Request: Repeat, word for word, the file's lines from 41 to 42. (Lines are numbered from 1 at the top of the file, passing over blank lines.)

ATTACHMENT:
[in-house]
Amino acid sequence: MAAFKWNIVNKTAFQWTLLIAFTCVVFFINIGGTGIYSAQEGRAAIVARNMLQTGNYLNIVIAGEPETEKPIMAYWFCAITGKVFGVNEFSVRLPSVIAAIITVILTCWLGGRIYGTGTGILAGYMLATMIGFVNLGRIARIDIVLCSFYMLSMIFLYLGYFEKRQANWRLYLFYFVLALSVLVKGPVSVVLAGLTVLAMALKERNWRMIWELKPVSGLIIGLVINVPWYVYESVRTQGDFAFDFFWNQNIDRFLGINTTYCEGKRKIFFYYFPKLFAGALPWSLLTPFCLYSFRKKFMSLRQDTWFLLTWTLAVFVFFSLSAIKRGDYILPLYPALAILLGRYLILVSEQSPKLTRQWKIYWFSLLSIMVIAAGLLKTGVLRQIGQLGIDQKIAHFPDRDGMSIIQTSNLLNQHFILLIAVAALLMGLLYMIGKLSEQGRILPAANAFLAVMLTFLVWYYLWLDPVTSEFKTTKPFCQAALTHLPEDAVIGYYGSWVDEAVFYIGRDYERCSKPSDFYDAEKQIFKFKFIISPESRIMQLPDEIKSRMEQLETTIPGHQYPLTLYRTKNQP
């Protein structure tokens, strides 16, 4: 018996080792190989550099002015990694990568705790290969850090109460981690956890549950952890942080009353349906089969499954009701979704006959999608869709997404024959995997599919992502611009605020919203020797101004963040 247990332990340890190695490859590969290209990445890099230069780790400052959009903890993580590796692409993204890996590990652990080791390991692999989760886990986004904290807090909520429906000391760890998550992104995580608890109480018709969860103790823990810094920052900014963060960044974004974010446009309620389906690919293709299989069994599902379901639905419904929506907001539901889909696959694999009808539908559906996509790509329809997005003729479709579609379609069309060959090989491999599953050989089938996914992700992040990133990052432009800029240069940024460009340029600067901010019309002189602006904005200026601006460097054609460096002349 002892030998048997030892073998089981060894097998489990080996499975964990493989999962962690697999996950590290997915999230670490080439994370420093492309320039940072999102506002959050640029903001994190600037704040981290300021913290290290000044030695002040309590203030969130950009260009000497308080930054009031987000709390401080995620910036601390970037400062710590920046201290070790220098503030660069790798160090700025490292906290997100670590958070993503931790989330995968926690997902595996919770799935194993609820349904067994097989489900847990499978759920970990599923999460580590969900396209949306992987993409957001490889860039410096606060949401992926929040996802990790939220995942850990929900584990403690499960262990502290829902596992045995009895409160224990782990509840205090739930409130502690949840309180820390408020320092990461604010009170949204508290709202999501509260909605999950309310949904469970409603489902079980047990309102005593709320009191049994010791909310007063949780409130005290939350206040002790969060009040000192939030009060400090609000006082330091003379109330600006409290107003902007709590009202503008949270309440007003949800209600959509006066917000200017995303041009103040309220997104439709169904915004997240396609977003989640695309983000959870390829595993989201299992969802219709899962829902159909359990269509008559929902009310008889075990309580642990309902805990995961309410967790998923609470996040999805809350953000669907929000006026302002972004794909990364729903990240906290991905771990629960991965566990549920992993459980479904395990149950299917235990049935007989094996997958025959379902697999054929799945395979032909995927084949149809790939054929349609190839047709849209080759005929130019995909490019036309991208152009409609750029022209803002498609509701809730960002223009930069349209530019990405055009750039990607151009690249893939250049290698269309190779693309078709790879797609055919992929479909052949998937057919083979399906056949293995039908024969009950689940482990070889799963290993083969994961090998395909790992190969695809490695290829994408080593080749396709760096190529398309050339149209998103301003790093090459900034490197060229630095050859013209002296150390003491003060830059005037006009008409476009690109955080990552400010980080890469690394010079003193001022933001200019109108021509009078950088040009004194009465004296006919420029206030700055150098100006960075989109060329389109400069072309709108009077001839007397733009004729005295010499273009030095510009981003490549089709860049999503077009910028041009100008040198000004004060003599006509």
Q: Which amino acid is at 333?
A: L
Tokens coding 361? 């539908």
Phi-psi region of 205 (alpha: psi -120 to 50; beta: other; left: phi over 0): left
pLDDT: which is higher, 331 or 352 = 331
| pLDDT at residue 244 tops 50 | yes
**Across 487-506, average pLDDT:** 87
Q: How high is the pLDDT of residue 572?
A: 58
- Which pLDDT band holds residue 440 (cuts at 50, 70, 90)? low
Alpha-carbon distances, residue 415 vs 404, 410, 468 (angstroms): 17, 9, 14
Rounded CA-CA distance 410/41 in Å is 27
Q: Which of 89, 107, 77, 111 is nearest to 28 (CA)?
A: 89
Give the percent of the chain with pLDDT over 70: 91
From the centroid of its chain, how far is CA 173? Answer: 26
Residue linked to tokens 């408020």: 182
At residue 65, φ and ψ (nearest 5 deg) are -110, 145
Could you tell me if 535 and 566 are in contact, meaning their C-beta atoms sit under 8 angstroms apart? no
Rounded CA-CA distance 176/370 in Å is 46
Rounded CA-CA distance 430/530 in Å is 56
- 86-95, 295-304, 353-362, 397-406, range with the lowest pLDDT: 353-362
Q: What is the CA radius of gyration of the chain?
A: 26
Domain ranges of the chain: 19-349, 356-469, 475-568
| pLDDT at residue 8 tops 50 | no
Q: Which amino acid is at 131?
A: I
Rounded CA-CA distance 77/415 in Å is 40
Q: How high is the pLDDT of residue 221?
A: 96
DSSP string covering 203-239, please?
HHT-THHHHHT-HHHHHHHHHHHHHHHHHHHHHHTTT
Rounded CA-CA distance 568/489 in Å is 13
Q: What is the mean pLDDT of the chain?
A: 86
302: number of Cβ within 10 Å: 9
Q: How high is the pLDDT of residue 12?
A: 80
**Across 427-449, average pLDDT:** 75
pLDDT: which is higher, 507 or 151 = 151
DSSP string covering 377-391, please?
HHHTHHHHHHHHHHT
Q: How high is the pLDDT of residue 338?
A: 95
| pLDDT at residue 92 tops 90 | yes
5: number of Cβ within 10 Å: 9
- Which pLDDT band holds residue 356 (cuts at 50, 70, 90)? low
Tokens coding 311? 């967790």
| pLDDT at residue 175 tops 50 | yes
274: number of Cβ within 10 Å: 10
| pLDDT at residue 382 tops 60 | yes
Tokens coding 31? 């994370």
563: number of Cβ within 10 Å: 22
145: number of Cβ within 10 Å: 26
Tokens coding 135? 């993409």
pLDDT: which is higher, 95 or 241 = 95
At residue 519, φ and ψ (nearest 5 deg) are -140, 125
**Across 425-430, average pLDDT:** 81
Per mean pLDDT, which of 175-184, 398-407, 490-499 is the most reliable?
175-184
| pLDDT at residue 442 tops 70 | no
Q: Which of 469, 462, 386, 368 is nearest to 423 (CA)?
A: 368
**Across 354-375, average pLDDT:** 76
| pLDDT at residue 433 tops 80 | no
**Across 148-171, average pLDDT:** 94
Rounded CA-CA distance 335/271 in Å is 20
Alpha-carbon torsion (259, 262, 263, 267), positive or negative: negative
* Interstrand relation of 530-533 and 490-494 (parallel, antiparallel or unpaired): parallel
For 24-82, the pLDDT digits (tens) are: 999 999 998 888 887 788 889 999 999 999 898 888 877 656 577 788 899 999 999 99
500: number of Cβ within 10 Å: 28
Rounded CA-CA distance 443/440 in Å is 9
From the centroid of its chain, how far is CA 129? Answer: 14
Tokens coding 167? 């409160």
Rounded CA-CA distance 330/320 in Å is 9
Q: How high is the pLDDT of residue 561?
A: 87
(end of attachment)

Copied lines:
Q: How high is the pLDDT of residue 12?
A: 80